No. And with simple solutions like demand-shifting, we shouldn’t have to.
By a razor-thin margin, Boulder citizens gave the city a victory for energy self-reliance on Tuesday, approving two ballot measures to let the city form a municipal utility. If the city moves ahead, it would capture nearly $100 million currently spent on electricity imports and instead create up to $350 million in local economic development by dramatically increasing local clean energy production.
The stage was set over several years, as the city’s multiple pleas for more clean energy were given short shrift by the incumbent electric utility, Xcel Energy. Instead of meeting local demands for more wind and solar power, Xcel instead financed a new coal power plant and told Boulder that it could have more wind power only if it paid extra, and paid when the wind didn’t blow. In response, the city authorized two measures for the Nov. 1 ballot to allow the city to pursue municipal clean energy production.
The campaign was enormously lopsided. Xcel dumped nearly $1 million into a vote ‘no’ campaign, outspending local clean energy supporters by a 10-to-1 margin and spending nearly $77 for each no vote. On the flip side, nearly every local business or newspaper endorsement (and nearly 1000 individual citizen endorsements) supported a ‘yes’ vote. Despite the financial disadvantage, the local grassroots groups won, though their margin of victory was less than 3%.
The victory margin was small, but the clean energy and economic opportunity is enormous. According to a citizen-led and peer reviewed study, the city could increase renewable energy production by 40 percent from multiple, local sources without increasing rates. In contrast to the $100 million in revenue sent to Xcel under the current arrangement, the economic value of local energy production and ownership could multiply within the city’s economy to as much as $350 million a year, according to research by the National Renewable Energy Laboratory.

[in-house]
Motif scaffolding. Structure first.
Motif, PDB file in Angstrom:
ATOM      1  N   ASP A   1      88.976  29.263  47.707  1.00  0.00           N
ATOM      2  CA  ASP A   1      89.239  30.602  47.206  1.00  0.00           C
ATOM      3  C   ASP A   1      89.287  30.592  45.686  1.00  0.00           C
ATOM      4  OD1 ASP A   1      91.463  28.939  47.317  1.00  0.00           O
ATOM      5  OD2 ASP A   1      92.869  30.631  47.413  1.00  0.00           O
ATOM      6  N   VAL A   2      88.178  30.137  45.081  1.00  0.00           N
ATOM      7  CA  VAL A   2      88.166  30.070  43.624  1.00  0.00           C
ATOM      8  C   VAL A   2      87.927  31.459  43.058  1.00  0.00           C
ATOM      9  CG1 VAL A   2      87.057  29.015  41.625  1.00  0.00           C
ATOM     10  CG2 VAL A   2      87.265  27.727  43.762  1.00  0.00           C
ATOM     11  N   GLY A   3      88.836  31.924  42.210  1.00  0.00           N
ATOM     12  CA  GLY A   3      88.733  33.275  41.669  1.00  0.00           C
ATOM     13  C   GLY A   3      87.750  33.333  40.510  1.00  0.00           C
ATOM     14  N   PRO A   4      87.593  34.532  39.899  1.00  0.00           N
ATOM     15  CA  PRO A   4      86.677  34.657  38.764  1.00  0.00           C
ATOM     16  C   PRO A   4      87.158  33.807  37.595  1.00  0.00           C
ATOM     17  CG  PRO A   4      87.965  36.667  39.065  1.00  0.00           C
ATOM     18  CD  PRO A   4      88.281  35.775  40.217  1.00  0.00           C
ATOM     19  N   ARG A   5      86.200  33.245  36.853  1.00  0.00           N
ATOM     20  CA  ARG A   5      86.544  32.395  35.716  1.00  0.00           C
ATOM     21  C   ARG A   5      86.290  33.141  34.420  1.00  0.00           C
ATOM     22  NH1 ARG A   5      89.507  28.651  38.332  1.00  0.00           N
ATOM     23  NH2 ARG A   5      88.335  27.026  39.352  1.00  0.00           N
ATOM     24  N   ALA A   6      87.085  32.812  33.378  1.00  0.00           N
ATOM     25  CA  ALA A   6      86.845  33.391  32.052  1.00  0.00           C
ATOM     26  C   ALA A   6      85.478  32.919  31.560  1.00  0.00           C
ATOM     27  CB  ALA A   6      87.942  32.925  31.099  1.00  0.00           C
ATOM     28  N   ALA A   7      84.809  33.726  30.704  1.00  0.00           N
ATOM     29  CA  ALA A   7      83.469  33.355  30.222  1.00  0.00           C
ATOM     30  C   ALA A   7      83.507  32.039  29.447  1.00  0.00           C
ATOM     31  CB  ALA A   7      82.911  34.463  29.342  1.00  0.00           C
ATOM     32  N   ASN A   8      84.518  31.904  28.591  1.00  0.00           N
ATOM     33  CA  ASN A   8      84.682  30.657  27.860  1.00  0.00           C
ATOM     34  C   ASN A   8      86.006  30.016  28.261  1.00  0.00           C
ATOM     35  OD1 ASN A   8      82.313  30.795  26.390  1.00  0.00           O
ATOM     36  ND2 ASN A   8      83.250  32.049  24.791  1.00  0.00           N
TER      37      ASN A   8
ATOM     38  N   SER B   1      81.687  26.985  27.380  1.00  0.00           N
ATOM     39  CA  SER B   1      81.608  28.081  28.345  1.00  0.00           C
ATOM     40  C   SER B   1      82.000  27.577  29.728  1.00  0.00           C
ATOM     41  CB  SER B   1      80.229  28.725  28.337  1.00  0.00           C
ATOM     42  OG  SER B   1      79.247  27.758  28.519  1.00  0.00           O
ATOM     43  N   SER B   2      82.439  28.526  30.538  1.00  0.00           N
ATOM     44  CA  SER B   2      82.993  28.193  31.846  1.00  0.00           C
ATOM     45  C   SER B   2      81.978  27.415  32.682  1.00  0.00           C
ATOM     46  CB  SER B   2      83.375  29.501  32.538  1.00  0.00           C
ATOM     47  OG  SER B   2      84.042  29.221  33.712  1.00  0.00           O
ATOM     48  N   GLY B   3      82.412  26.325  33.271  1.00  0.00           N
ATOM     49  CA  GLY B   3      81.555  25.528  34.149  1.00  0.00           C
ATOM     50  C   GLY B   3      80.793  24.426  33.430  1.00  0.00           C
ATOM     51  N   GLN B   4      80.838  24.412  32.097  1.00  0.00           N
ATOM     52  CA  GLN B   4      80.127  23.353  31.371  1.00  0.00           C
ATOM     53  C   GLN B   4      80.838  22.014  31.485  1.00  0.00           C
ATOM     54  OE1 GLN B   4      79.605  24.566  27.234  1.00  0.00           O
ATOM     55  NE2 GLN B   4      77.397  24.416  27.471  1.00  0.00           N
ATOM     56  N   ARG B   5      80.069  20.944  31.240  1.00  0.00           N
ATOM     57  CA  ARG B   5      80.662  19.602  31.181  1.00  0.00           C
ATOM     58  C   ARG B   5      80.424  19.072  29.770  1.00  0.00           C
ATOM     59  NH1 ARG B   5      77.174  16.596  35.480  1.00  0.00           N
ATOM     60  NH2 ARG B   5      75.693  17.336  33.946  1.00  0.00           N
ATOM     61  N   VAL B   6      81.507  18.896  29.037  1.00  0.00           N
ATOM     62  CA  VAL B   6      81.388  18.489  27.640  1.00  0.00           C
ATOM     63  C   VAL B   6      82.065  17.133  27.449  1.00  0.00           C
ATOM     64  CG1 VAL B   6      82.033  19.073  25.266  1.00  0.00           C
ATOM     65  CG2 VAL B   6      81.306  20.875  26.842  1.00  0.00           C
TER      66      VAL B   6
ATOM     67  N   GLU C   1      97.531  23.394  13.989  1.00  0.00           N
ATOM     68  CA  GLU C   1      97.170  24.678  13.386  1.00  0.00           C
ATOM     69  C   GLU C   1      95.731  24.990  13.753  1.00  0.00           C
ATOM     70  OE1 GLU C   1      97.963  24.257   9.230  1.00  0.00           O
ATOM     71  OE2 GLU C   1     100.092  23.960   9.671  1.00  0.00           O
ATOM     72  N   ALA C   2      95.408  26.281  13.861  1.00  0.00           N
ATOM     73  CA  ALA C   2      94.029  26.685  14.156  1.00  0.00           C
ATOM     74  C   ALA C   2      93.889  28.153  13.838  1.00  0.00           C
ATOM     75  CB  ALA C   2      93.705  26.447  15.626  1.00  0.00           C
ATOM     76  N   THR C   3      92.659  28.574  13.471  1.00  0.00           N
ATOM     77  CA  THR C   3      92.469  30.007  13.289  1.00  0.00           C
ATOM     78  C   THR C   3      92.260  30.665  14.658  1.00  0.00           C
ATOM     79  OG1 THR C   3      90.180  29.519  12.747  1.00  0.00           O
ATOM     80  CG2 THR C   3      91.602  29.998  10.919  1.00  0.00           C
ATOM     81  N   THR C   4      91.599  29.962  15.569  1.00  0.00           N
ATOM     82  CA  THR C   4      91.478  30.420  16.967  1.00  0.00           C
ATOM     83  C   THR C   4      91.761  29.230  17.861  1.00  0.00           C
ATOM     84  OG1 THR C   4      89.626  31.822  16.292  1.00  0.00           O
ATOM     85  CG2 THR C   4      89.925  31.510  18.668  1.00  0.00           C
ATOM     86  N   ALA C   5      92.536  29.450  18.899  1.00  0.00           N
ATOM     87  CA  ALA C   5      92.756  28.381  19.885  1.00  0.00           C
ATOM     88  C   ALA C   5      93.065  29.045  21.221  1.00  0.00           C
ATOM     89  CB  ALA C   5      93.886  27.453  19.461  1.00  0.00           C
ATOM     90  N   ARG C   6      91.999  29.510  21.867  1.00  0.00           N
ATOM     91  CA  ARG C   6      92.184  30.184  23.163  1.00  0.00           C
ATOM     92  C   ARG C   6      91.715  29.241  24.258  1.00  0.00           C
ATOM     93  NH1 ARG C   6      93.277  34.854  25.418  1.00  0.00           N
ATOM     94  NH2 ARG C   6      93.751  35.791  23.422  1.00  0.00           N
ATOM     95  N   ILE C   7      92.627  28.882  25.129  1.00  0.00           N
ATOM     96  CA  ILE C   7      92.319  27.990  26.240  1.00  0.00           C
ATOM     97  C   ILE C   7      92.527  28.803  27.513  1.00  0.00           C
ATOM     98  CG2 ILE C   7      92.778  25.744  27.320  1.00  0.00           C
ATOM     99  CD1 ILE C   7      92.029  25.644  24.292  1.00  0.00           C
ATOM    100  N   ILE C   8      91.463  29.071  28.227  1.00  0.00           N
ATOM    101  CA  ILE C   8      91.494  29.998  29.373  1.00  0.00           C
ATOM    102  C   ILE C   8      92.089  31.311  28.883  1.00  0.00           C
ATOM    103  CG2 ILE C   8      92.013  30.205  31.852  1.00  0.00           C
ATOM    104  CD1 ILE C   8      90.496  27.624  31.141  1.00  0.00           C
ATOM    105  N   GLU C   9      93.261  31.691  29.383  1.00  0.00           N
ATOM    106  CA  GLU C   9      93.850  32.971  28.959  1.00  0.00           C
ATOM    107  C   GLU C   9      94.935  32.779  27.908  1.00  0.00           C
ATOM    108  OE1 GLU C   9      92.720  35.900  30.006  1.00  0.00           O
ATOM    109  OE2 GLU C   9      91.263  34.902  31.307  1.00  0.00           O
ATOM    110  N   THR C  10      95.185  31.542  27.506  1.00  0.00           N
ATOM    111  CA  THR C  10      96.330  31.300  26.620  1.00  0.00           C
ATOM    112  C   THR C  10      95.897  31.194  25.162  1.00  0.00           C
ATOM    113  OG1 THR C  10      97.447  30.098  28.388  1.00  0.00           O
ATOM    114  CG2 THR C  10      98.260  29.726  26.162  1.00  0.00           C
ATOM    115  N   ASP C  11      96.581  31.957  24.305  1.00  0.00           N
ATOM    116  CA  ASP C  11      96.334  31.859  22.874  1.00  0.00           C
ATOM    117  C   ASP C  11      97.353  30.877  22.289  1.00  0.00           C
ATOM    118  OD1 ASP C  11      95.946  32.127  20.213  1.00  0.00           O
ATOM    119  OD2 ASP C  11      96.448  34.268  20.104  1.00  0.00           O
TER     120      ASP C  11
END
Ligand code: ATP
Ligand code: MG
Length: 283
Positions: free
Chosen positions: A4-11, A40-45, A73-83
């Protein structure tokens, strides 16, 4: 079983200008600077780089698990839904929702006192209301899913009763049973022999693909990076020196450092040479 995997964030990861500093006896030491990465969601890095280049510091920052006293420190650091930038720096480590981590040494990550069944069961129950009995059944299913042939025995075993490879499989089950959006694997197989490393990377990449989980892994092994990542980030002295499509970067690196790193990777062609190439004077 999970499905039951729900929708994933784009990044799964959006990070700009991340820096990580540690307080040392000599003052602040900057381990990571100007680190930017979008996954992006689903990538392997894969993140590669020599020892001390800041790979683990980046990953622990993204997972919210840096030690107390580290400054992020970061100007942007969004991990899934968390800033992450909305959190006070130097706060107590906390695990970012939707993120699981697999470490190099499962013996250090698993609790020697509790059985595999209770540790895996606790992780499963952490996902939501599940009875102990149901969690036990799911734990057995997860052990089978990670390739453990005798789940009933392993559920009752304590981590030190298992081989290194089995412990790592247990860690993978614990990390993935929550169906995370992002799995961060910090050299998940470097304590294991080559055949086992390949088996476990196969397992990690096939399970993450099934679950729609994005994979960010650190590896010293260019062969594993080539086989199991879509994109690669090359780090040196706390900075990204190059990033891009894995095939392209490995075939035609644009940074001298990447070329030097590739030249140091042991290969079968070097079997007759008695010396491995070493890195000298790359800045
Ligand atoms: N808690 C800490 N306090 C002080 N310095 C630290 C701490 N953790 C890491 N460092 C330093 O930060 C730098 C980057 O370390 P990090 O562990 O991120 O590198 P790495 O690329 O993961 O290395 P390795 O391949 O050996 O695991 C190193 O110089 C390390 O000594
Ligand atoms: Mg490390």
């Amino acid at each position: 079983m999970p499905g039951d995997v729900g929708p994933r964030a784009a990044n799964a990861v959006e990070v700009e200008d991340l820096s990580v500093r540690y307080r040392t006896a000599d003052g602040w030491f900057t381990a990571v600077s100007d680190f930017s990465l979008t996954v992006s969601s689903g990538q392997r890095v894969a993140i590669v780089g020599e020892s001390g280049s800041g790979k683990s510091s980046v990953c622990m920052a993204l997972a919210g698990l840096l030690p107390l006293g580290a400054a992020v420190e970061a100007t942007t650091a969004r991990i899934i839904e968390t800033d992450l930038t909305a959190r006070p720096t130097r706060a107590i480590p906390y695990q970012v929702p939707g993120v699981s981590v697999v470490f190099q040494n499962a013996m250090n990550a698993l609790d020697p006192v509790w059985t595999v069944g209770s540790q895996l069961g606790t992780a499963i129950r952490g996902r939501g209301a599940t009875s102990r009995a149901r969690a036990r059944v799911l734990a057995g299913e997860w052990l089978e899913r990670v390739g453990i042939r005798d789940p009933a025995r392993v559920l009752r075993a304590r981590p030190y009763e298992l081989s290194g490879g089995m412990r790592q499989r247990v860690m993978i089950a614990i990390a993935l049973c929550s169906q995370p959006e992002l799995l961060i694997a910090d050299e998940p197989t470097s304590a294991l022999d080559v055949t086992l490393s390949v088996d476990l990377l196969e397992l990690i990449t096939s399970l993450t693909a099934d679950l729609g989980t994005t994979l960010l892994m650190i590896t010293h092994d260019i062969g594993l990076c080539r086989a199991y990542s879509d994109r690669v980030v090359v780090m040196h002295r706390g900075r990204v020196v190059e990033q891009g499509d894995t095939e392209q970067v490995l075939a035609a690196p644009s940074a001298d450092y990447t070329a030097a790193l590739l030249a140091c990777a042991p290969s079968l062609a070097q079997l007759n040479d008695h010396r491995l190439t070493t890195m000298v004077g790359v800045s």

If the city uses its new authority to become a utility, future generations may look back at 11/1/11 as the shot heard round the world – a shot fired for clean, local energy – and ask why more Americans didn’t “go Boulder” sooner.
The low risk and transparency of CLEAN Contract Programs can provide states with more solar at a lower cost than solar renewable energy certificate (SREC) programs, says a new report released last week. Produced by the Institute for Local Self-Reliance (ILSR), CLEAN v. SREC: Finding the More Cost-Effective Solar Policy finds that an otherwise identical… Continue reading
As Americans transition their electricity system to the 21st century, they should ask this question. Does it make sense to pursue strategies such as accelerating the development of new high-voltage power lines that reinforce an outdated paradigm of electricity delivery, or should scarce energy dollars be spent to add new clean, local energy to the… Continue reading
At least 32 states can get 25% or more of their electricity from wind power within their own borders. This map is updated from our 2010 report and namesake, Energy Self-Reliant States. Click here for a larger version.
The only updated figure is Maryland, due to a new report on its offshore wind potential.
A presentation I gave last Friday to the Arizona Corporation Commission.